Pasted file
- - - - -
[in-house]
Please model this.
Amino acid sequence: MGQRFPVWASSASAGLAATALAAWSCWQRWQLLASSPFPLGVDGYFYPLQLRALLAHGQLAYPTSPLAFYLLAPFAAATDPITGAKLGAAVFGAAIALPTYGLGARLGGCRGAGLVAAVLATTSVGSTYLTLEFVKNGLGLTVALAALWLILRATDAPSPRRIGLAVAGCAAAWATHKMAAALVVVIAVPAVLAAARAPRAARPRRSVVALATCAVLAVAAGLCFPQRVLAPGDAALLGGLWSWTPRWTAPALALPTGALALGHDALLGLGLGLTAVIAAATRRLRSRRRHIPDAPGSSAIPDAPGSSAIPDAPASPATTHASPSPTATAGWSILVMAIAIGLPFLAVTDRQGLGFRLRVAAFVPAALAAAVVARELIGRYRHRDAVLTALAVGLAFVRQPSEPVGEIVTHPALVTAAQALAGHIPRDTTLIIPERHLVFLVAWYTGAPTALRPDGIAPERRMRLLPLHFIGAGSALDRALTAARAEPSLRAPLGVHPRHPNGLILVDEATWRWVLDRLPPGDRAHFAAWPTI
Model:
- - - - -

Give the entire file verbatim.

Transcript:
[in-house]
Please model this.
Amino acid sequence: MGQRFPVWASSASAGLAATALAAWSCWQRWQLLASSPFPLGVDGYFYPLQLRALLAHGQLAYPTSPLAFYLLAPFAAATDPITGAKLGAAVFGAAIALPTYGLGARLGGCRGAGLVAAVLATTSVGSTYLTLEFVKNGLGLTVALAALWLILRATDAPSPRRIGLAVAGCAAAWATHKMAAALVVVIAVPAVLAAARAPRAARPRRSVVALATCAVLAVAAGLCFPQRVLAPGDAALLGGLWSWTPRWTAPALALPTGALALGHDALLGLGLGLTAVIAAATRRLRSRRRHIPDAPGSSAIPDAPGSSAIPDAPASPATTHASPSPTATAGWSILVMAIAIGLPFLAVTDRQGLGFRLRVAAFVPAALAAAVVARELIGRYRHRDAVLTALAVGLAFVRQPSEPVGEIVTHPALVTAAQALAGHIPRDTTLIIPERHLVFLVAWYTGAPTALRPDGIAPERRMRLLPLHFIGAGSALDRALTAARAEPSLRAPLGVHPRHPNGLILVDEATWRWVLDRLPPGDRAHFAAWPTI
Model: